This time, the patient immediately decided the option was the right choice. “It was accomplished successfully. But it wouldn’t have happened if the clinician hadn’t taken the risk of bringing it up again,” Menzel recalls.

In other cases, clinicians have held off on raising the issue. When they finally do talk about the issue, it becomes apparent the patient would have greatly benefited from knowing about the option earlier.

Clinicians face a similar dilemma when informing people of how decisions would be made if care is rationed. In both situations, says Menzel, “there is the risk of too much information, too soon — or the risk of too little, too late.”

Patients and families do have the right to the information. “People ought to know what’s going on,” Menzel argues.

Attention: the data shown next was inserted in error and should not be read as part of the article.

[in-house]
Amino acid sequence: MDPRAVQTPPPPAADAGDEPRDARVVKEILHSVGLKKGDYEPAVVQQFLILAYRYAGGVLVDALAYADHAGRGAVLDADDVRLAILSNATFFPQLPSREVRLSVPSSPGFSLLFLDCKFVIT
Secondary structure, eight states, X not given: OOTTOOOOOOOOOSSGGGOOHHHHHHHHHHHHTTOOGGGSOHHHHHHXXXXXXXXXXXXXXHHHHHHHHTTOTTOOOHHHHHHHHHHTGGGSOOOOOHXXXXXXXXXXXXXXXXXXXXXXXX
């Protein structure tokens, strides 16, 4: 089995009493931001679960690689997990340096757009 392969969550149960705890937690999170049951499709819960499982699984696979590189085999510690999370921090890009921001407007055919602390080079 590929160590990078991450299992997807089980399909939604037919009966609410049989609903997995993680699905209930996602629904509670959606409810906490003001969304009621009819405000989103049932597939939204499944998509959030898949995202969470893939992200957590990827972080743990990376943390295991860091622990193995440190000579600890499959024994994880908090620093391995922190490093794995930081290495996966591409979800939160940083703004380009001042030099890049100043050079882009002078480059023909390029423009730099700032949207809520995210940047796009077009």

Putting the information in an admission packet may be insufficient. This puts the burden on the patient or family to ask about the option. “A more aggressive stance would be to raise the issue, and say, ‘Right now, it’s not applicable to you. But if you want to talk about this at any point, please ask,’” Menzel says.

Ethicists cannot respond to every alarmed patient and family member about what critical care triage means for them. Instead, ethicists can support clinicians to confidently and capably answer tough questions. “Ethicists should communicate clearly to clinicians that this is very tough work. You are not always going to make the right decision,” Menzel says.

That is a good place to begin, since none of the guidelines offer definitive answers. “They are tough to write, there are always tradeoffs, and there are dilemmas harbored in just about every priority claim stated,” Menzel says.